You say what!? On American campuses, Esperanto is an extracurricular language. By Eva Wolchover.
The MIT Esperanto Club circulates a one-page collection of "useful expressions in Esperanto," from which, with a little practice, you can learn to hit on an Esperantist at your local bar, make a dumb joke that will induce cringes only in linguinstic initiates, covertly insult a guest, reference Monty Python's "Dirty Hungarian Phrase Book" sketch, and quote François Villon.

Okay, that's a fairy broad definition of "useful," but, remember, this is MIT's list, and we are dealing with Esperanto here.

Cu tiu loko estas okupita?
Is that seat taken?

Cu vi ofte venas ci tien?
Do you come here often?

Cu vi donus al mi vian telefon-numeron?
May I have your phone number?

Cu estas krajono en via poso au cu vi felicas vidi min?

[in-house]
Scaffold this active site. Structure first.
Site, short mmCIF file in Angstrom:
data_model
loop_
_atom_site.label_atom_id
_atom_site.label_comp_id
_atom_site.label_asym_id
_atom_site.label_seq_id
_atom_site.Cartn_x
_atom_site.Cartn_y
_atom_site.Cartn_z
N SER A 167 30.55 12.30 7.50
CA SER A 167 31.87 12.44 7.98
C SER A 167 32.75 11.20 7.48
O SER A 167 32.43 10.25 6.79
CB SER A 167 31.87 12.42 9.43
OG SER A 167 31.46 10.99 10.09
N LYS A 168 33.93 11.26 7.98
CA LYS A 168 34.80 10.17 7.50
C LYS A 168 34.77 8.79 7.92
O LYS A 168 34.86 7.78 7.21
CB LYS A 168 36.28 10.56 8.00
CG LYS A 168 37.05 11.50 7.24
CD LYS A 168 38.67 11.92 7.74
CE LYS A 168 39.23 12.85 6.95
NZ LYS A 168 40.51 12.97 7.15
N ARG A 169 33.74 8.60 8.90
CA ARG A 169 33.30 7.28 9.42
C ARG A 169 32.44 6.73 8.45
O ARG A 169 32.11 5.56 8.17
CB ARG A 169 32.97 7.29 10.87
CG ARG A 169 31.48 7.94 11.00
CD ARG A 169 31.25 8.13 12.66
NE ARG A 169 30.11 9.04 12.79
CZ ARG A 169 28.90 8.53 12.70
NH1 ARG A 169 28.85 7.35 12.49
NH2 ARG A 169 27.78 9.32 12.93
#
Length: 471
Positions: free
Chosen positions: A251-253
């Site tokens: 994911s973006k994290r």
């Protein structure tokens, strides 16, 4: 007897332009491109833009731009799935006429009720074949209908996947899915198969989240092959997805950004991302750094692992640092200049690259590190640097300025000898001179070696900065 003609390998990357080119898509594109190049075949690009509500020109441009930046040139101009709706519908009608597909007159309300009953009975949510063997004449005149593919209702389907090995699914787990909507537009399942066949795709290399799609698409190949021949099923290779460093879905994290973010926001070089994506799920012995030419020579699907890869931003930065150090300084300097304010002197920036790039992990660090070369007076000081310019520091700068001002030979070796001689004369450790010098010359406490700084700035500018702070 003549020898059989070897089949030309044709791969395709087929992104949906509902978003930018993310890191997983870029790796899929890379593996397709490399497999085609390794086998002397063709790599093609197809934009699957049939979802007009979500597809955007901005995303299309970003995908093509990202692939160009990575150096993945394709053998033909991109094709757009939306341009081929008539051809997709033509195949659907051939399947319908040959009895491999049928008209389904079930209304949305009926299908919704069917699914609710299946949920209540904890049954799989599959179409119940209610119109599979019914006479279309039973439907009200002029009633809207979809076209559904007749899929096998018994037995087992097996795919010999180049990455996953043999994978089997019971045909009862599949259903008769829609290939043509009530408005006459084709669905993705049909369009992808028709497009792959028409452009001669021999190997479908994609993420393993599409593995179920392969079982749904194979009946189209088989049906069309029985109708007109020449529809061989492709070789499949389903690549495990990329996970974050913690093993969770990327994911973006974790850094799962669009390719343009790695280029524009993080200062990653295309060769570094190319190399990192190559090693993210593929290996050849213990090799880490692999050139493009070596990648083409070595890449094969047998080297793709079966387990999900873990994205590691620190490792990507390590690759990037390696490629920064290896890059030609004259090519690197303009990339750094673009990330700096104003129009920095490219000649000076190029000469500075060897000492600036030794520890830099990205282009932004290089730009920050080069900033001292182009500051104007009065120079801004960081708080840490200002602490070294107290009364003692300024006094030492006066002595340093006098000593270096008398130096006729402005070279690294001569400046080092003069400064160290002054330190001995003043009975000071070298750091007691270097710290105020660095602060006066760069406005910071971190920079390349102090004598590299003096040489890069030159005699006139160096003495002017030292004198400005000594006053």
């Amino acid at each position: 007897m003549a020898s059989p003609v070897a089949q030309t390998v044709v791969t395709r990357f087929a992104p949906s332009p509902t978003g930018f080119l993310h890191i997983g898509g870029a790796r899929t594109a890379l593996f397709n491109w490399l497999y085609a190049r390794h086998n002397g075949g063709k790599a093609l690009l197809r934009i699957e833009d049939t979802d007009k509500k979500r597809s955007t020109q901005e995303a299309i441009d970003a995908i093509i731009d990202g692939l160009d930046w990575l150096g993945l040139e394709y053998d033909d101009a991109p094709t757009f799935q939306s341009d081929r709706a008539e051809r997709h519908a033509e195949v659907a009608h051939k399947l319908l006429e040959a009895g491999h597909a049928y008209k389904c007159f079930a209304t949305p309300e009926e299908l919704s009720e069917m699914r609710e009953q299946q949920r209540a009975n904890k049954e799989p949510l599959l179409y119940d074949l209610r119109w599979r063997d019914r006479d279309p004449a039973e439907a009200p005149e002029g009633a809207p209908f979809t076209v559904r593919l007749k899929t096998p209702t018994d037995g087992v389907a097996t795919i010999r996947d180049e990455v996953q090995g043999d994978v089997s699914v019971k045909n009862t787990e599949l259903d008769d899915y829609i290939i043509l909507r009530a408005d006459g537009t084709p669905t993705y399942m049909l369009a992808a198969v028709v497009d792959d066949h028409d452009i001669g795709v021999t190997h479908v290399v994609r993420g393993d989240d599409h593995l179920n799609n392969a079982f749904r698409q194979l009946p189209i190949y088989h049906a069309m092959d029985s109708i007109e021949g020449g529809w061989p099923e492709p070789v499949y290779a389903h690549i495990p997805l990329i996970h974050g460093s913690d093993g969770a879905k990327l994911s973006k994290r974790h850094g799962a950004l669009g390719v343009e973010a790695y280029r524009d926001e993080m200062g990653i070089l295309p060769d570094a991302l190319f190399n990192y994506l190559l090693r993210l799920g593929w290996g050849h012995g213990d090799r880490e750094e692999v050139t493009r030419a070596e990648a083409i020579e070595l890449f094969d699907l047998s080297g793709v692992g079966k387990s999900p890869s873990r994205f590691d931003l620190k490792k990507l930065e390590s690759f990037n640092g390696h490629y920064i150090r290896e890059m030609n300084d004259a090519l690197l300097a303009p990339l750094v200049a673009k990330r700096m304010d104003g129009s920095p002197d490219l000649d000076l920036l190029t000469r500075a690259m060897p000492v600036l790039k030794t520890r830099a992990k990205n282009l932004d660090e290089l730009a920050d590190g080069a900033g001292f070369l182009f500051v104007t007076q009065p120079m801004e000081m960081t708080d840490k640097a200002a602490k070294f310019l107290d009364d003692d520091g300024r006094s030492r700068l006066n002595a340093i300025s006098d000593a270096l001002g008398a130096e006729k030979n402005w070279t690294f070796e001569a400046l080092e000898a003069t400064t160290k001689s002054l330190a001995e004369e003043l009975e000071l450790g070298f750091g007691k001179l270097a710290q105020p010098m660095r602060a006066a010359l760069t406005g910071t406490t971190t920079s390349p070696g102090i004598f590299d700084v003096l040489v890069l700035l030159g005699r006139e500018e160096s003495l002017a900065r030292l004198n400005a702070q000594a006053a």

Is that a pencil in your pocket, or are you happy to see me?

Kiu invitis vin?
Who invited you?

Mia kusenveturilo estas plena de angiloj.
My hovercraft is full of eels.

Kie estas la negoj de hierau?
Où sont les neiges d'antan?

Festu plu!
Party on!

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  Topics: Lifestyle Features , France, Massachusetts Institute of Technology, Monty Python,  More more >
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  •   YOU SAY WHAT?!  |  January 09, 2009
    When Professor Ludovic Lazarus Zamenhof created the language called Esperanto in late-19th-century Poland, he envisioned a world unified under a lingua franca.
  •   SENIOR YEARS  |  August 15, 2007
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    I decided I liked the Red House, in Harvard Square, even before I took my first bite of linguini con carciofi.

 See all articles by: EVA WOLCHOVER